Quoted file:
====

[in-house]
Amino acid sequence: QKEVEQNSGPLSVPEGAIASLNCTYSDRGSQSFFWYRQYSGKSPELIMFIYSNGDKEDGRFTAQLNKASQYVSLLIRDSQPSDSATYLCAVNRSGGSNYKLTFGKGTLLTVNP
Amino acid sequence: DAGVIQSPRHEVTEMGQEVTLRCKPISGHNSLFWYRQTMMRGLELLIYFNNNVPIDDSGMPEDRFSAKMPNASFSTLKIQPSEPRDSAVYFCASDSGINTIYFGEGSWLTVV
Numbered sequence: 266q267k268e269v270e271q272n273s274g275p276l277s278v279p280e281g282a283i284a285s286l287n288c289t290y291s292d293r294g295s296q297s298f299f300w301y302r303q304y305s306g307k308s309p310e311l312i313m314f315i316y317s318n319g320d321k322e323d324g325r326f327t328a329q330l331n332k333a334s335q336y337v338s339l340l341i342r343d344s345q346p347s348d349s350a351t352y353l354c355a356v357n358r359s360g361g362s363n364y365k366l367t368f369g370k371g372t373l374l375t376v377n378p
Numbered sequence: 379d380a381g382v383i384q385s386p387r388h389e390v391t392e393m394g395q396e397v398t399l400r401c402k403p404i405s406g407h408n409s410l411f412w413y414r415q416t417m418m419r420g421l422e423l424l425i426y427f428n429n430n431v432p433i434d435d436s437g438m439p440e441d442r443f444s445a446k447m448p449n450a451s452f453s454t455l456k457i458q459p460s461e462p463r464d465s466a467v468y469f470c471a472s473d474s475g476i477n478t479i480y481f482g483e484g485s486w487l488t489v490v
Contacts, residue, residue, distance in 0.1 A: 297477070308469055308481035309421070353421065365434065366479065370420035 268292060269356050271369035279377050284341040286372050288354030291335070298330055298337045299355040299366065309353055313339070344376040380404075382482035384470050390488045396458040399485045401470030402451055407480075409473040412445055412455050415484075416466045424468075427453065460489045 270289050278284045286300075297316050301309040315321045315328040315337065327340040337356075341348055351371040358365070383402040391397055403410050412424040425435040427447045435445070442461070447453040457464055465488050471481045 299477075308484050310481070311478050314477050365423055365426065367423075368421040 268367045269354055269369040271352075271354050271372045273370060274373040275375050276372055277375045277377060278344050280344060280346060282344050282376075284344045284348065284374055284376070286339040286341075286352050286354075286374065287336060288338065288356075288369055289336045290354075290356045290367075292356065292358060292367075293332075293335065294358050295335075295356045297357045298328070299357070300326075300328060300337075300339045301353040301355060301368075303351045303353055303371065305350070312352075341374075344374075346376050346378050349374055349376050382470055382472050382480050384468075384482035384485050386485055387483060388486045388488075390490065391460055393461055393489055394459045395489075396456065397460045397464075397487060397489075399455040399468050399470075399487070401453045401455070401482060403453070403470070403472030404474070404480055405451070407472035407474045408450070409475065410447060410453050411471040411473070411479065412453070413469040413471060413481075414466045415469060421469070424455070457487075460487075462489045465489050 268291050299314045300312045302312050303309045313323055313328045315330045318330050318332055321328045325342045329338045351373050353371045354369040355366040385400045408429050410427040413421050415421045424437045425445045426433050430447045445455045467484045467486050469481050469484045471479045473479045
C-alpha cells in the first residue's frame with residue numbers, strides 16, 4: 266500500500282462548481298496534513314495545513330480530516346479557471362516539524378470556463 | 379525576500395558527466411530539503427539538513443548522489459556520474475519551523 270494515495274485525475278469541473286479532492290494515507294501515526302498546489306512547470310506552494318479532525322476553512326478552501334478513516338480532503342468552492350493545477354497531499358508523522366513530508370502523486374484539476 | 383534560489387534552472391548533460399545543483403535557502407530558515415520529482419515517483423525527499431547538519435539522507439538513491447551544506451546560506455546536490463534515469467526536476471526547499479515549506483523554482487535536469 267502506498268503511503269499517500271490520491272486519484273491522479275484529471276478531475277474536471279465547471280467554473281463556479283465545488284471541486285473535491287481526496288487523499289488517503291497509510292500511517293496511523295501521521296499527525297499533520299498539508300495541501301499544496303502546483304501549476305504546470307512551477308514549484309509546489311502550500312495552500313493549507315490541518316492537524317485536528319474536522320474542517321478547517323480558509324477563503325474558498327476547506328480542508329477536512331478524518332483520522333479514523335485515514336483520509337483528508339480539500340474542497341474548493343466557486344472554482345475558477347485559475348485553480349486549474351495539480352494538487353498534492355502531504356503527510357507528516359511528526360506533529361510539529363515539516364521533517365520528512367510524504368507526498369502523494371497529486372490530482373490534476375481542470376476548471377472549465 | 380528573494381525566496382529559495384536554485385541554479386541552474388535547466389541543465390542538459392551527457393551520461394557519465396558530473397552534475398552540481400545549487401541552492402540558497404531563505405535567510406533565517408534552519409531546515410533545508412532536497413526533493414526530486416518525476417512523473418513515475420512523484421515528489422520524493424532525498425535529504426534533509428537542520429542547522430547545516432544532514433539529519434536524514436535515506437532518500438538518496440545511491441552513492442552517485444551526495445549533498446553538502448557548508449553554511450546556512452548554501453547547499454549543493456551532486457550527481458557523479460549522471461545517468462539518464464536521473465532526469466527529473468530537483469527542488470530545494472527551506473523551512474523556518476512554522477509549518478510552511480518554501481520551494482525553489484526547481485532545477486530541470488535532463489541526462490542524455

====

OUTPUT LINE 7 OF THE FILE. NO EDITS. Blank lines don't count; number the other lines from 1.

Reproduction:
C-alpha cells in the first residue's frame with residue numbers, strides 16, 4: 266500500500282462548481298496534513314495545513330480530516346479557471362516539524378470556463 | 379525576500395558527466411530539503427539538513443548522489459556520474475519551523 270494515495274485525475278469541473286479532492290494515507294501515526302498546489306512547470310506552494318479532525322476553512326478552501334478513516338480532503342468552492350493545477354497531499358508523522366513530508370502523486374484539476 | 383534560489387534552472391548533460399545543483403535557502407530558515415520529482419515517483423525527499431547538519435539522507439538513491447551544506451546560506455546536490463534515469467526536476471526547499479515549506483523554482487535536469 267502506498268503511503269499517500271490520491272486519484273491522479275484529471276478531475277474536471279465547471280467554473281463556479283465545488284471541486285473535491287481526496288487523499289488517503291497509510292500511517293496511523295501521521296499527525297499533520299498539508300495541501301499544496303502546483304501549476305504546470307512551477308514549484309509546489311502550500312495552500313493549507315490541518316492537524317485536528319474536522320474542517321478547517323480558509324477563503325474558498327476547506328480542508329477536512331478524518332483520522333479514523335485515514336483520509337483528508339480539500340474542497341474548493343466557486344472554482345475558477347485559475348485553480349486549474351495539480352494538487353498534492355502531504356503527510357507528516359511528526360506533529361510539529363515539516364521533517365520528512367510524504368507526498369502523494371497529486372490530482373490534476375481542470376476548471377472549465 | 380528573494381525566496382529559495384536554485385541554479386541552474388535547466389541543465390542538459392551527457393551520461394557519465396558530473397552534475398552540481400545549487401541552492402540558497404531563505405535567510406533565517408534552519409531546515410533545508412532536497413526533493414526530486416518525476417512523473418513515475420512523484421515528489422520524493424532525498425535529504426534533509428537542520429542547522430547545516432544532514433539529519434536524514436535515506437532518500438538518496440545511491441552513492442552517485444551526495445549533498446553538502448557548508449553554511450546556512452548554501453547547499454549543493456551532486457550527481458557523479460549522471461545517468462539518464464536521473465532526469466527529473468530537483469527542488470530545494472527551506473523551512474523556518476512554522477509549518478510552511480518554501481520551494482525553489484526547481485532545477486530541470488535532463489541526462490542524455